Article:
PILGRIM: Nine privately run insurance funds cover everyone. Health care is funded 75 percent by payroll taxes, 25 percent by the government. Because of their communist past, Czechs still tend to expect free and frequent service without thinking of cost. Armin Fidler, a health strategy adviser for the World Bank, points out they average 15 doctor visits a year more than three times the average in Europe, and few think about costs.

ARMIN FIDLER, THE WORLD BANK: For doctors to basically submit patients to hospitals when there are no downside risks associated with that or financial risks associated with that.

PILGRIM: Hospitals are run by the regional government. Under the old communist system, hospitals were paid more money if they were bigger. But now there are too many hospital beds and too many doctors and regions are resisting cuts. There is one doctor to 277 people in the Czech Republic compared to one for 416 in the United States.

The government controls cost by paying doctors low salaries and negotiating hospital reimbursements. Insurance funds are not allowed to make a profit and can only spend 3.5 percent on administrative costs. For that reason the Czech Republic only pays 6.8 percent of GDP for health care compared to some 16 percent for the United States. Life expectancy is 77 years is improving as the population moves away from the old Soviet style habits of smoking, drinking and obesity compared to 78 years in the United States.


PILGRIM: Now in 2005, money from the European Union boosted the revenues for the health care as the organization helped fund the Czech Republic. Now, with the recession, a lot of the entitlements and aging population, it's almost impossible to see how they're going to fund their country.

DOBBS: It sounds almost communist in some ways because they're just moving the money around.

PILGRIM: Certainly, the psychology is in that everyone hasn't come to the terms with the fact that everything is free all the time.

DOBBS: Over the course of 20 years, it's got to be an adjustment for what was a communist country. But the number of doctors, 1 for every 77 Czech citizens is good, and they're thinking of that as, if you will, too good?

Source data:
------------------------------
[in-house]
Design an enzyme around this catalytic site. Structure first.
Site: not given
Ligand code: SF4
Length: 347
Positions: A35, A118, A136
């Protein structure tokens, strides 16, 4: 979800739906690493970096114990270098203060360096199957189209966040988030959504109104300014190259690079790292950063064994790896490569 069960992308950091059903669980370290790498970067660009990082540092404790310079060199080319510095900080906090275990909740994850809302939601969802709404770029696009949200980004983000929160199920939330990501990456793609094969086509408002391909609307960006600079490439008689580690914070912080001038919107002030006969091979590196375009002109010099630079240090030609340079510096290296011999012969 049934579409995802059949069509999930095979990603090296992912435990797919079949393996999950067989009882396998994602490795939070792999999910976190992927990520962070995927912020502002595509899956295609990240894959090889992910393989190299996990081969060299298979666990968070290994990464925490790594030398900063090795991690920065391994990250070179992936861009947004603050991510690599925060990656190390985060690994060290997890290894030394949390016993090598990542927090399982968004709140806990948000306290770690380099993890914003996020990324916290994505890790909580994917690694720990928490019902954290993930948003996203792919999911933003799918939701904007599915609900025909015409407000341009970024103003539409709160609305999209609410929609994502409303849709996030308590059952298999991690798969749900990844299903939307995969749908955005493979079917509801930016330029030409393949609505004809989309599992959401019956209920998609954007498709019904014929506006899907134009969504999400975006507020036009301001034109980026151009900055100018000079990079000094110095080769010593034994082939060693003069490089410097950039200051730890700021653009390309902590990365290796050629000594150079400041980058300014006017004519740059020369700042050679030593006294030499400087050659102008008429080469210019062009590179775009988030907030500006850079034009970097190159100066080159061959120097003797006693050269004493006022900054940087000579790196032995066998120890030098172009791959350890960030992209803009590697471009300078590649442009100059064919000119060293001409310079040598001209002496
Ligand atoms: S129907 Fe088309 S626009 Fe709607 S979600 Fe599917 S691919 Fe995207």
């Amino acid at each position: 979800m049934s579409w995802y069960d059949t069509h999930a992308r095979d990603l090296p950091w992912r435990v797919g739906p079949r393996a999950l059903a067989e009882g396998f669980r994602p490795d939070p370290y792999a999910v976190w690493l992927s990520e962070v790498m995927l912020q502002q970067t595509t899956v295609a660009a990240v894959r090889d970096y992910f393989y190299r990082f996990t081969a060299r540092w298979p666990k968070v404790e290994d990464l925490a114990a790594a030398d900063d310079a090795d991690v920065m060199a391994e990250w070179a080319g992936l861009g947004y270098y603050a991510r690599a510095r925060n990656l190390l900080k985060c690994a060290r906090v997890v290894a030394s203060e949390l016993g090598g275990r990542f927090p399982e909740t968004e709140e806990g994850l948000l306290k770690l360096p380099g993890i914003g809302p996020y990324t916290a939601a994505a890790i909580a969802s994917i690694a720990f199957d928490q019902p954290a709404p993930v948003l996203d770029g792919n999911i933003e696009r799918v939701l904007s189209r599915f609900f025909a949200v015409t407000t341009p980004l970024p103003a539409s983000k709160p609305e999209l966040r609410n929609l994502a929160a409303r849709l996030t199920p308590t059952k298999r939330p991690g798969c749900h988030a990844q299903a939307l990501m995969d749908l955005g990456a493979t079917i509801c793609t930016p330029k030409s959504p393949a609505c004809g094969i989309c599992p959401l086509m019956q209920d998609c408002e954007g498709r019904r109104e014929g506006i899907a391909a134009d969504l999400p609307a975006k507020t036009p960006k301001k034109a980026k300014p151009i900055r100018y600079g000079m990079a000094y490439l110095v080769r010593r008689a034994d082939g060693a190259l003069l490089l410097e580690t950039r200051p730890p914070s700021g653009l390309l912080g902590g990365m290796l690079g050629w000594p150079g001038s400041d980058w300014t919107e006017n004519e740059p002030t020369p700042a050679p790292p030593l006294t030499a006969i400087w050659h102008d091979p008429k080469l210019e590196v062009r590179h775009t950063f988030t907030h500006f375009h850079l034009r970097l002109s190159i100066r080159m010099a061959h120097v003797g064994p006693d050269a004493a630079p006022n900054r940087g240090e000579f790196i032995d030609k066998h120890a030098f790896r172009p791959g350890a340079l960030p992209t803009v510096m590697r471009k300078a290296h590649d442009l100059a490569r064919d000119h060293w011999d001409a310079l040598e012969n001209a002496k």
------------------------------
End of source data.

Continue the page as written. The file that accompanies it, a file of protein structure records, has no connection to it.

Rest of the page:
PILGRIM: They used to get pay bide the number of doctors.

DOBBS: Particularly in this country when we're trying to find a way to incentivize more doctors. Kitty, thanks very much.

Tomorrow, we continue our reporting on health care systems around the world. Argentina tomorrow. Later, Chile and Mexico, and I'll have a few thoughts about health care in this country and particularly the debate on health care. Join me on the radio Mondays through Fridays. Get your local listings in your area for the Lou Dobbs show on the radio and follow me on

Up next, the health care debate returns to the nation's capital. Is there still hope for a bipartisan solution? Is that truly hope? That is the subject of the face-off debate.

A massive California sinkhole, and we're not talking about Sacramento. This one swallows a 22 ton fire truck. We'll have the story as we continue next.


DOBBS: The battle over health care rages on in Washington, D.C. opponents of the president's plan still trying to eliminate the public option. And we think the president is continuing to support the public option. Which some say is necessary and in the house, they're pressing to keep it in. Joining me tonight are two influential senators, Republican Senator Judd Gregg of New Hampshire who says a bipartisan bill is necessary. Good to have you with us. And Senator Bernie Sanders. Independent of Vermont who says the public option is absolutely necessary. Gentleman, let's start with the president's joint session speech tomorrow. First, you, Senator Gregg, what do you hope to hear from the president to influence you positively on health care legislation?

SEN. JUDD GREGG (R), NEW HAMPSHIRE: It would be great if he would indorse the efforts of Senator Baucus and Senator Grassley to reach a bipartisan solution and get to some solutions. The president's been very general in what he supports. He hasn't been very strong on specifics. When you get down on the details, that's where you get to the issues that are important and make a difference in how the whole process works and whether we get a better healthcare system or not. So there's a lot of specifics coming out of this joint group that is negotiating. Senator Baucus, Senator Grassley, I think if the president were to say give that group his support that would move things down the pike a long way.